The purpose of this study was to use empirical classification based on Latent Profile Analysis to identify subgroups of binge eating disorder (BED) and to evaluate the extent to which these subgroups were predictive of treatment outcome in group cognitive–behavioral therapy (CBT). The Eating Disorder Examination (EDE), Structured Clinical Interview for DSM-IV, and Inventory of Depressive Symptomatology-Self-Report were administered to 259 participants at baseline in a 15-session CBT trial (190 of whom received active treatment). The best fitting model included three profiles: dietary restraint only (DRO; n = 96; 51%); low dietary restraint (LDR; n = 52; 27%); and dietary restraint plus psychopathology (DRP; n = 42; 22%). Regression analyses revealed that after controlling for baseline score and treatment condition, EDE Global scores were lower for the DRO compared to the LDR profile at one year follow-up (p = .047). Class assignment was not predictive of EDE binge eating frequency or abstinence at end of treatment or follow-up. These results suggest that meaningful empirical classes based on eating disorder symptoms, psychopathology, dietary restraint, and BMI can be identified in BED and that these classes may be useful in predicting long-term group CBT outcome.
Binge eating; Cognitive–behavioral therapy; Empirical classification; Prognosis
This study sought to empirically derive and validate clinically relevant personality-based subtypes of anorexia nervosa (AN).
Women (N=116) with full or subthreshold AN completed baseline measures of personality, clinical variables, and eating disorder (ED) symptoms, followed by two weeks of ecological momentary assessment (EMA). A latent profile analysis was conducted to identify personality subtypes, which were compared on baseline clinical variables and EMA variables.
The best-fitting model supported three subtypes: underregulated, overregulated, and low psychopathology. The underregulated subtype (characterized by high stimulus seeking, self-harm, and oppositionality) displayed greater baseline ED symptoms, as well as lower positive affect and greater negative affect, self-discrepancy, and binge eating in the natural environment. The overregulated subtype (characterized by high compulsivity and low stimulus seeking) was more likely to have a lifetime obsessive-compulsive disorder diagnosis and exhibited greater perfectionism; levels of negative affect, positive affect, and self-discrepancy in this group were intermediate between the other subtypes. The low psychopathology subtype (characterized by normative personality) displayed the lowest levels of baseline ED symptoms, co-occurring disorders, and ED behaviors measured via EMA.
Findings support the validity of these personality-based subtypes, suggesting the potential utility of addressing within-diagnosis heterogeneity in the treatment of AN.
eating disorders; personality; ecological momentary assessment; affect; empirical classification; latent profile analysis
The current study examines the relationship of affect and eating disorder behavior in anorexia nervosa (AN) using ecological momentary assessment. Participants were 118 adult females recruited at three sites from eating disorder treatment centers and community advertisements. All participants met full DSM-IV criteria or sub-threshold criteria for AN. Participants were provided handheld computers and asked to report positive affect, negative affect, loss of control (LOC) eating, purging, exercise, drinking fluids to curb appetite, and weighing one's self multiple times per day as well as dietary restriction once daily over a two-week interval. Mixed-effects models were used to examine the extent to which affective states predict dietary restriction. Additionally, we used two analytic approaches to compare affect prior to and after other eating disorder behaviors. We found that higher daily ratings of negative affect were associated with a greater likelihood of dietary restriction on subsequent days. When examining the single rating immediately before and after behaviors, we found that negative affect increased significantly following LOC eating, purging, the combination of LOC and eating/purging, and weighing of one's self. Using this same analytic approach we also found negative affect to decrease significantly following the consumption of fluids to curb appetite and exercise. When examining the covariation of AN behaviors and negative affect assessed multiple times in the hours and minutes before the behaviors, we found negative affect significantly increased prior to LOC eating, purging, the combination of LOC eating/and purging, and weighing behavior. Negative affect also significantly decreased following the occurrence of these behaviors. These findings are consistent with the idea that that negative affect is potentially a critical maintenance mechanism of some AN symptoms, but that the analytic approach used to examine affect and behavior may have significant implications on the interpretation of findings.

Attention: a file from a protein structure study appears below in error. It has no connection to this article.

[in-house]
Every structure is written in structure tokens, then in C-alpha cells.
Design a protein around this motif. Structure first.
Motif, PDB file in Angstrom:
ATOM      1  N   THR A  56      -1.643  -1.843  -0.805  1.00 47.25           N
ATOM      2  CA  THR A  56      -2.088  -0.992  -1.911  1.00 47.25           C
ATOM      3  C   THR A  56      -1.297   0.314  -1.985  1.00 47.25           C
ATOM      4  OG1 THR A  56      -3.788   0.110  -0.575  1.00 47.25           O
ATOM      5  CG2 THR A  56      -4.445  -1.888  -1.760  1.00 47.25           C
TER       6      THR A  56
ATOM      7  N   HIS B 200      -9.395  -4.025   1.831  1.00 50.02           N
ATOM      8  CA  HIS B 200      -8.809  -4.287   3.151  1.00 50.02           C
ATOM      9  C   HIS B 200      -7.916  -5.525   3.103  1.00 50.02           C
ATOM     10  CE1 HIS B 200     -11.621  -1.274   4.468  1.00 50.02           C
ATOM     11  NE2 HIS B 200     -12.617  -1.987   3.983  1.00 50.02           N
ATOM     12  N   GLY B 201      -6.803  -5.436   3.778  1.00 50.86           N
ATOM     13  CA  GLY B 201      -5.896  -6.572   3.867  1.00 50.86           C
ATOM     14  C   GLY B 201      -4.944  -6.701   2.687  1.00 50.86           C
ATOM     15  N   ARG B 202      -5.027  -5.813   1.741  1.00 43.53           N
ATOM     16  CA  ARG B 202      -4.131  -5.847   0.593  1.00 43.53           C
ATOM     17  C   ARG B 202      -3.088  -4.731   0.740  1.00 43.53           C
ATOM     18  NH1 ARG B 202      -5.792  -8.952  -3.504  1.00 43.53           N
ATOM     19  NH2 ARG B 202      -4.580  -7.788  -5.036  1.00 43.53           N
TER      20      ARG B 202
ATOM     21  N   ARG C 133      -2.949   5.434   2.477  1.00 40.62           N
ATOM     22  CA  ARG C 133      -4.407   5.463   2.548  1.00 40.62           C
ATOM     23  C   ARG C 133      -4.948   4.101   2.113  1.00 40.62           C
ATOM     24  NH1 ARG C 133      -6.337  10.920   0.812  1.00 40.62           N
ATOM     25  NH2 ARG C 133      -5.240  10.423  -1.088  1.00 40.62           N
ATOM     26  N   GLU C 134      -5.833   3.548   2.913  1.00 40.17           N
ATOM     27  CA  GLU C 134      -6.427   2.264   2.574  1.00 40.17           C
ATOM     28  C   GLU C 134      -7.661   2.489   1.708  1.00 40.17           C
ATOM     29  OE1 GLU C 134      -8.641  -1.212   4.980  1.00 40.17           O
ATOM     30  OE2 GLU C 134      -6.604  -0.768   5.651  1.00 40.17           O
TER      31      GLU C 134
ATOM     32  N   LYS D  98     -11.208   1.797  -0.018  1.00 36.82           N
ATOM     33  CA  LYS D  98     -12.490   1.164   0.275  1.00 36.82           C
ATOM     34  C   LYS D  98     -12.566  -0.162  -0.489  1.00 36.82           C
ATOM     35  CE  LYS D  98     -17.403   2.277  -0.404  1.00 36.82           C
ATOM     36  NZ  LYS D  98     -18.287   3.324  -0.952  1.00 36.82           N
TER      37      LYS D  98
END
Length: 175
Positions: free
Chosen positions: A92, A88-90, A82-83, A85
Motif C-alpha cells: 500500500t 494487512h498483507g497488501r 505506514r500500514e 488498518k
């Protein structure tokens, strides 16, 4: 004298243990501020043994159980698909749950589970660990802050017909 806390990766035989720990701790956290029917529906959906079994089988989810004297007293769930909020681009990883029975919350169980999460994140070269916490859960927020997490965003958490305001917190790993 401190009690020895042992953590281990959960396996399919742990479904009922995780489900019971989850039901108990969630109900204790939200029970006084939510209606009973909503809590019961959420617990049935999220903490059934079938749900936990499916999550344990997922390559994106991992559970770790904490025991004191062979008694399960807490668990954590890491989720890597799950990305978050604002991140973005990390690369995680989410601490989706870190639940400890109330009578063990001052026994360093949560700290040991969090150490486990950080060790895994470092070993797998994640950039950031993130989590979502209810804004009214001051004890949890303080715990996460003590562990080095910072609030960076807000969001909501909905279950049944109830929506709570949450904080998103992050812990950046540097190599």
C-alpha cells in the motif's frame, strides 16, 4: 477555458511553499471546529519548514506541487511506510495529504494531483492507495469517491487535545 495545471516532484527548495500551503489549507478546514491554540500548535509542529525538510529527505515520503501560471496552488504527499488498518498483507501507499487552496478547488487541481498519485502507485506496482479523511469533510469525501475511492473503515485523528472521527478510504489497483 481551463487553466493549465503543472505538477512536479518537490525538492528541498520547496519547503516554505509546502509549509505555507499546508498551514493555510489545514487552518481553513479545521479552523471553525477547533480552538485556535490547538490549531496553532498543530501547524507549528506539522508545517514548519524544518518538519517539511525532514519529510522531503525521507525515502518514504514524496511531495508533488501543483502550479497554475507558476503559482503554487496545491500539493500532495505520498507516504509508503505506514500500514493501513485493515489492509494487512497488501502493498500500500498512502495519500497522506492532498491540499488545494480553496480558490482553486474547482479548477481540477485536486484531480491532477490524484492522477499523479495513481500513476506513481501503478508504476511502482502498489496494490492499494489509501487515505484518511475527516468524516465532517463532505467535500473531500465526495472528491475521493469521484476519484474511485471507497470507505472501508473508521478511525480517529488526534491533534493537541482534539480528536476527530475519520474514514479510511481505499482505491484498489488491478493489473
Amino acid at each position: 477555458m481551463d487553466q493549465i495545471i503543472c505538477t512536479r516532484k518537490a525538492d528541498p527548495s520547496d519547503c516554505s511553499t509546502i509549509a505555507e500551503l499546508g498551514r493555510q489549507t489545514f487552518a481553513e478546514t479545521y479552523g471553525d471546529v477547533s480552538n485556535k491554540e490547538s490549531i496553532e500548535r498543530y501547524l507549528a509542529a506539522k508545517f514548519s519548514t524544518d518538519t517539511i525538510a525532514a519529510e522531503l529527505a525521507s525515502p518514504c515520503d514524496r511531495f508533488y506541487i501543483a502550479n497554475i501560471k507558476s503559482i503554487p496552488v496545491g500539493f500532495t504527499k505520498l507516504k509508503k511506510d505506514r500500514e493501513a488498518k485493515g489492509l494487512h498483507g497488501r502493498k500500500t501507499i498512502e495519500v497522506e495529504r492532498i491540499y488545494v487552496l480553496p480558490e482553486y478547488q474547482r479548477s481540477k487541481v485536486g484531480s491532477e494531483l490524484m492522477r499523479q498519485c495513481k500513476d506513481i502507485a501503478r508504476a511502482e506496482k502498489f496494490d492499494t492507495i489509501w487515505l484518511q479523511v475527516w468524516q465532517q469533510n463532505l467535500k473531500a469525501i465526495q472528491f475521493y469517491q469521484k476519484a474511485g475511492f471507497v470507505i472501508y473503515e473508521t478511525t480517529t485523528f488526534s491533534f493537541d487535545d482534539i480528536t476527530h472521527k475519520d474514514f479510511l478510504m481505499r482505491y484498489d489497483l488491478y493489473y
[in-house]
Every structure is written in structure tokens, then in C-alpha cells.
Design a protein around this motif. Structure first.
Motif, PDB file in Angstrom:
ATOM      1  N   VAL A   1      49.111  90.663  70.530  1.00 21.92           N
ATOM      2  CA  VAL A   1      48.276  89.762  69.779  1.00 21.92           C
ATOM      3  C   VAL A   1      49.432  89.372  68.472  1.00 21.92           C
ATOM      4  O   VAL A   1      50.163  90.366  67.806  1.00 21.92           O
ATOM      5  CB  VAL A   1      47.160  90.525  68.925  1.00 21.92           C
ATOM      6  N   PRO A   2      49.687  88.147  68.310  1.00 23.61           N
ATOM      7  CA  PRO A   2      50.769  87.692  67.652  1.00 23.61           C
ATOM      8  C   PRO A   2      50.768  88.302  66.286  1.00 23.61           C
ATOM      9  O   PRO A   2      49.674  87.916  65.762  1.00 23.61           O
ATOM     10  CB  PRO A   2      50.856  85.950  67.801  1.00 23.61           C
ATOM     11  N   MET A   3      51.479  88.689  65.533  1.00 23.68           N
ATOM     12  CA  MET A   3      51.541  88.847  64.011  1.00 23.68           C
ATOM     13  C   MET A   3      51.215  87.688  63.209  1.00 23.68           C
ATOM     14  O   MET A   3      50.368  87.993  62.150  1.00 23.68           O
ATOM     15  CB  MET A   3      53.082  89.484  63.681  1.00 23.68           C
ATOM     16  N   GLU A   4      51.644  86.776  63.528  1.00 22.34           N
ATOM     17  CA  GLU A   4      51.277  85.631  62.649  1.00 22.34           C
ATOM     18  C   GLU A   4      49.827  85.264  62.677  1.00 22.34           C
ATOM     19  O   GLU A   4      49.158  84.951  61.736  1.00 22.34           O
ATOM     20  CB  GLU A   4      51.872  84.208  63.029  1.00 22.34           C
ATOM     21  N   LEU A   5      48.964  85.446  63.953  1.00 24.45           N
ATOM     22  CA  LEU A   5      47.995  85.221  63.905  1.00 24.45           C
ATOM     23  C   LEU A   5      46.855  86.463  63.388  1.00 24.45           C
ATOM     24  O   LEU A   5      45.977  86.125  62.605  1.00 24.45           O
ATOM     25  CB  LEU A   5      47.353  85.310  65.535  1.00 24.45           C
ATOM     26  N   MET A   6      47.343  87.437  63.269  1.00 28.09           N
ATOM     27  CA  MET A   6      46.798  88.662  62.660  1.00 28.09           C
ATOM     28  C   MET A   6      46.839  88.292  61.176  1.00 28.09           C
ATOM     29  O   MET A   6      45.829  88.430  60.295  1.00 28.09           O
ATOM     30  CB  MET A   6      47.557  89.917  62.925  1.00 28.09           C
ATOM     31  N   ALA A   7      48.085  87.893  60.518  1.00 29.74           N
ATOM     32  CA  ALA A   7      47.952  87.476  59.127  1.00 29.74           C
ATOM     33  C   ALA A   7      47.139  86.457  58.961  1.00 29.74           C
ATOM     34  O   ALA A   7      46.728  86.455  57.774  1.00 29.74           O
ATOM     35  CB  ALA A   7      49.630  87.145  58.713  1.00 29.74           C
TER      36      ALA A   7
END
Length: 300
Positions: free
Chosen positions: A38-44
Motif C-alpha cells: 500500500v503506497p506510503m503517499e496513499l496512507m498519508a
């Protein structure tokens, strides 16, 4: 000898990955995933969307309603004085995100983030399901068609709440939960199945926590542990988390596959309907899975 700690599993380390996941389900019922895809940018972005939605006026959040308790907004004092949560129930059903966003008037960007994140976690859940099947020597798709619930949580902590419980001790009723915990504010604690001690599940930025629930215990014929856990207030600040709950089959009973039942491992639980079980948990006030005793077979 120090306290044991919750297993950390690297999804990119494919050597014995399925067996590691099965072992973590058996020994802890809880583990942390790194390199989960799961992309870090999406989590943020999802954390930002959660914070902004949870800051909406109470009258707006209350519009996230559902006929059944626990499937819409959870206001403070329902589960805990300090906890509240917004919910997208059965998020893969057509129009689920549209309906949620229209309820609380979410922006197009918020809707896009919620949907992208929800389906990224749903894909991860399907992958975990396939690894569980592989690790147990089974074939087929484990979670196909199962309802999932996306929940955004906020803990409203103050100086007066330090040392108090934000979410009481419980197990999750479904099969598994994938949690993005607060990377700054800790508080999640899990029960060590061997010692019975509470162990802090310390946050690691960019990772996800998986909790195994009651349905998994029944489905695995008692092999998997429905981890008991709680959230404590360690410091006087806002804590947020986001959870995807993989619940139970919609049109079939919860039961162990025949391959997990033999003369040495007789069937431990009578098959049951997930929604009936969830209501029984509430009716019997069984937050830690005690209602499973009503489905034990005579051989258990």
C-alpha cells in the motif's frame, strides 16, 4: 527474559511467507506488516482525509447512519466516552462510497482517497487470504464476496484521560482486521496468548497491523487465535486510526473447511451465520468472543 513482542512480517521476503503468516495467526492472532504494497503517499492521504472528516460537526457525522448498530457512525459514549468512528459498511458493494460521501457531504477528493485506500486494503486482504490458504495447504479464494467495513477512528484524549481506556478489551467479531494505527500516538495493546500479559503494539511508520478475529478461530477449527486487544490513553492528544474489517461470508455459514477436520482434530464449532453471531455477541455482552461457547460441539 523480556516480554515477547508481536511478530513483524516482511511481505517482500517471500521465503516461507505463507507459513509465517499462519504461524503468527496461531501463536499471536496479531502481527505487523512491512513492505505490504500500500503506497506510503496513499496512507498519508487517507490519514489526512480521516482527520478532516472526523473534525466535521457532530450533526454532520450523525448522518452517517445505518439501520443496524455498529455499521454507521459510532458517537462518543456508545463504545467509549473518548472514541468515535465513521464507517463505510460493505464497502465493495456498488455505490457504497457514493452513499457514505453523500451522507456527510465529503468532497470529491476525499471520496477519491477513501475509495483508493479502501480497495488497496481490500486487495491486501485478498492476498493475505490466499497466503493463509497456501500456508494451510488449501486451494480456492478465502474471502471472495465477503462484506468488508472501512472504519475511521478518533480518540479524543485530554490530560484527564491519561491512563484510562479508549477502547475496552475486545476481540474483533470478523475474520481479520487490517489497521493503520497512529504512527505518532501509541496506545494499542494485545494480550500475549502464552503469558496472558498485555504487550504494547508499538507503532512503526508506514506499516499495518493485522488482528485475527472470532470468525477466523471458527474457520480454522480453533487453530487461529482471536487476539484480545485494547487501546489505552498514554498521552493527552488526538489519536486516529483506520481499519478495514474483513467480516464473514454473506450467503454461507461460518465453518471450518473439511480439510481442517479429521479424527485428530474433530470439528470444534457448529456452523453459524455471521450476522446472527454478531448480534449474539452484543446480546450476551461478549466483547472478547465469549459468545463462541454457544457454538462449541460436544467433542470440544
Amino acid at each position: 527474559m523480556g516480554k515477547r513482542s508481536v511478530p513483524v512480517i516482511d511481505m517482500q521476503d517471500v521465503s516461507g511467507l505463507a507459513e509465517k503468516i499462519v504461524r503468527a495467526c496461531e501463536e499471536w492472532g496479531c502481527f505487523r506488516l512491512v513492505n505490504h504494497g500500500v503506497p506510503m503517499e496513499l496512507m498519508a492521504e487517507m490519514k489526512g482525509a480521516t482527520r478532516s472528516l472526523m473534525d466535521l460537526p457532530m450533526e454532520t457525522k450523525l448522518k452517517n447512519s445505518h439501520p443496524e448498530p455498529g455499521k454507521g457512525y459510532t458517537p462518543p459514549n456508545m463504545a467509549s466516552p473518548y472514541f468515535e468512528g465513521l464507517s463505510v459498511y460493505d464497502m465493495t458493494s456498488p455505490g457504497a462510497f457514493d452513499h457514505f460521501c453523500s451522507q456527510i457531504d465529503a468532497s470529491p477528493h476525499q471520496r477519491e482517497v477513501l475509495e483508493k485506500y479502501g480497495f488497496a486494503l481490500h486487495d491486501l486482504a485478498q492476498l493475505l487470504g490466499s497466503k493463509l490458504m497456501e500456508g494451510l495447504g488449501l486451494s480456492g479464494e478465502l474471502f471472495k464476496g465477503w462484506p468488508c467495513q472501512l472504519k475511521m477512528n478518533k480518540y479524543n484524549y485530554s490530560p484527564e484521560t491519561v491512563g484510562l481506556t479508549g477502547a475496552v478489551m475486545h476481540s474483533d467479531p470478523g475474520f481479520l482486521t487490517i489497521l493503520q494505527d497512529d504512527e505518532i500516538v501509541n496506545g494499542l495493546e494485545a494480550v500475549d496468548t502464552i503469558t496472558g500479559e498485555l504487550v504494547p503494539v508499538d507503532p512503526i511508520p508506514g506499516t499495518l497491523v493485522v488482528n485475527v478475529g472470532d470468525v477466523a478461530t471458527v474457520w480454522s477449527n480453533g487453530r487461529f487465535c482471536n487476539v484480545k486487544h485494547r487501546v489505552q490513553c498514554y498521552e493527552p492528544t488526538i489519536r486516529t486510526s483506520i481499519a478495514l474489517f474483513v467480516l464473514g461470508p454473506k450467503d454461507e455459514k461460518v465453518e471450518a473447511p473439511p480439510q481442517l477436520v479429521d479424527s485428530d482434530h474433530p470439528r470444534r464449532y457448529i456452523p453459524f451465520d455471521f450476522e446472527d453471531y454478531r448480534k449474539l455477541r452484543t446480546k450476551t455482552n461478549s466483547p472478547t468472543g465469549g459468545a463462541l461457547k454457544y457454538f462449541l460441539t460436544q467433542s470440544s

anorexia nervosa; ecological momentary assessment (EMA); negative affect; positive affect; restriction
Body checking has been conceptualized as a behavioral manifestation of the core overvaluation of eating, shape, and weight concerns underlying eating disorder psychopathology. Cognitive-behavioral theories suggest that body checking behaviors may function to maintain dietary restriction. The current study examined the association between body checking frequency and dietary restriction among women with anorexia nervosa (AN) in the natural environment. Women (N = 118) with full or partial AN completed baseline clinical interviews and a two-week ecological momentary assessment protocol, during which they reported on body checking behaviors (i.e., checking whether one’s thighs touch; checking joints/bones for fat) and dietary restriction (i.e., 8 waking hours without eating; consuming less than 1200 calories per day). Average daily body checking frequency was positively associated with baseline eating disorder symptoms and body mass index. Daily body checking frequency was associated with both forms of dietary restriction on the same day, as well as the following day. Results support the theorized association between body checking and overvaluation of shape and weight, and suggest that targeting such behaviors in treatment may have utility in reducing dietary restriction.